These pencils are not so much jewels but instead represent a way of life which has largely disappeared – these are the elegant but practical jewels of bygone days.
As with a few of the objects included in this series these pencils were found in the belonginings of Ethel Star my Great Aunt and because of where and who last owned these items, there can only be two possible candidates.
These two ladies, I believe, would be either Agnes Downham or Eliza Hopkins – my 2 x great grandmothers on my mum’s side. They both came from comfortable backgrounds – Agnes from Chippenham and Eliza from Leighton Buzzard.
Agnes married George Henry Star and moved to Mansfield and as my Granny (Agnes’ granddaughter) remembered, “was not the sort of person who shouted her children in for tea – they had a bell for that”.
Eliza grew up in Leighton Buzzard and moved to Mansfield for reasons unknown – at this moment in time. Granny remembered that her grandmother’s front parlour was “like a palace” and that “no-one was allowed to sit down in there” unless “Granny [Eliza] was with you”.
The first mark shows that F. Webb of Birmingham was the maker; the Lion indicates that it is indeed sterling silver .925. The next mark is the date stamp indicating that the pencil was made in 1897; finally the anchor confirms that the pencil was manufactured in Birmingham.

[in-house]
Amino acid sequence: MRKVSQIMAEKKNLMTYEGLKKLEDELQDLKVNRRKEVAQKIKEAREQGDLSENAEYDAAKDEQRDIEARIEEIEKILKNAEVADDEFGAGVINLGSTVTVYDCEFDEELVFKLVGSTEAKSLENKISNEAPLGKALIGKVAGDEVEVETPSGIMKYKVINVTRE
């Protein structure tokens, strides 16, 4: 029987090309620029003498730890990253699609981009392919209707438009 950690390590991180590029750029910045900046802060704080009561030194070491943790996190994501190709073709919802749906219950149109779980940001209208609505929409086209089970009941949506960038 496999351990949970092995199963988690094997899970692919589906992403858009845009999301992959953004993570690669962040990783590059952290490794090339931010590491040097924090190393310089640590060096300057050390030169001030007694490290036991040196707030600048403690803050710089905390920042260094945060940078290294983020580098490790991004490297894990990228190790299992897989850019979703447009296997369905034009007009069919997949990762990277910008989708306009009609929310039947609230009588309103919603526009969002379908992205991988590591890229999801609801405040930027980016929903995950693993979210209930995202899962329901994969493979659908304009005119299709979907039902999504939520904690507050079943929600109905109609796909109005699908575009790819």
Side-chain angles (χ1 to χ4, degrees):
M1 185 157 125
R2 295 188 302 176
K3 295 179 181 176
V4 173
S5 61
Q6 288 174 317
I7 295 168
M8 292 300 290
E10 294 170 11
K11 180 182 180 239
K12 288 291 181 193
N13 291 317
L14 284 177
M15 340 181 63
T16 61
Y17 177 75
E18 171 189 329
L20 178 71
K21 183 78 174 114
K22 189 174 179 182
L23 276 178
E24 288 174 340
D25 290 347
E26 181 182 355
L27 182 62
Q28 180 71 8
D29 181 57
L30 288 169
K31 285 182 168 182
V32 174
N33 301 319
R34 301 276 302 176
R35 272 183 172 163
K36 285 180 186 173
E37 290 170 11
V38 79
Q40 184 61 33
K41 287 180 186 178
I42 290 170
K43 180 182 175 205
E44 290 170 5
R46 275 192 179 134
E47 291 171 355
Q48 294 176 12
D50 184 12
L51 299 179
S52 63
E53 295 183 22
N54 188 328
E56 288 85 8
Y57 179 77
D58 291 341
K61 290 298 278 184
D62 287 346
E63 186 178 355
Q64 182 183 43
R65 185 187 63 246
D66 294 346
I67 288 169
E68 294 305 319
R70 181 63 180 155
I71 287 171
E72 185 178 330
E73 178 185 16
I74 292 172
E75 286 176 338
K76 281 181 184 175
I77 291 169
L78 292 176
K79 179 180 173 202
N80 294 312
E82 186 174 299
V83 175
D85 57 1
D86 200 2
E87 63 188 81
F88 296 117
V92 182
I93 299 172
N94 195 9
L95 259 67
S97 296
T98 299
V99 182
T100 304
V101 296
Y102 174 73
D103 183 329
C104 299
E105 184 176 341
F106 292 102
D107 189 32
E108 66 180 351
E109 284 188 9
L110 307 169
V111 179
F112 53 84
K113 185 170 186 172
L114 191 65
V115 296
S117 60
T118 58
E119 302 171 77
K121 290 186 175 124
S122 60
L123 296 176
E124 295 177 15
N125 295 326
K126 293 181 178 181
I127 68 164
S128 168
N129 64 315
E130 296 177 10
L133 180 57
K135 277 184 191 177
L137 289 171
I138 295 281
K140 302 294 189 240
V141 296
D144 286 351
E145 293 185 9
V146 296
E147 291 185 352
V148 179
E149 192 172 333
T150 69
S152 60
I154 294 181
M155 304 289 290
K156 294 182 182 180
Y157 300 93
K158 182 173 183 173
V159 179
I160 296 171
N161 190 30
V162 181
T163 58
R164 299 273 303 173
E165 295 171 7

The amazing thing about these pencils was that they still had lead in them – just think perhaps the last person to use these pencils was one of the ladies above.
In the second part of my Family Jewels series I’d like to introduce you to my ‘star’.
I first became aware of the story of ‘the star’ from Doris Star (aka Granny), whilst she was recuperating at home after a long stint in hospital, I was sat keeping her company as she reminisced about the family’s past characters and events.
Doris explained that ‘the star’ had belonged to her father Cecil Star and was designed to hang from his watch chain, she remembered it well.
Cecil died at the relatively young age of 53 and reading between the lines I would say that Doris was the apple of his eye, she had certainly felt his death keenly at the tender ago of 19.
After Doris’ death 2010 there was some speculation that the blue stone in the middle was a sapphire but on a recent visit to the BBC’s Antiques Road Show I was reliably informed by Geoffrey Munn that it was in fact blue glass. The hallmark is difficult to read but Geoffery felt that it had been made in Birmingham in approximately 1897.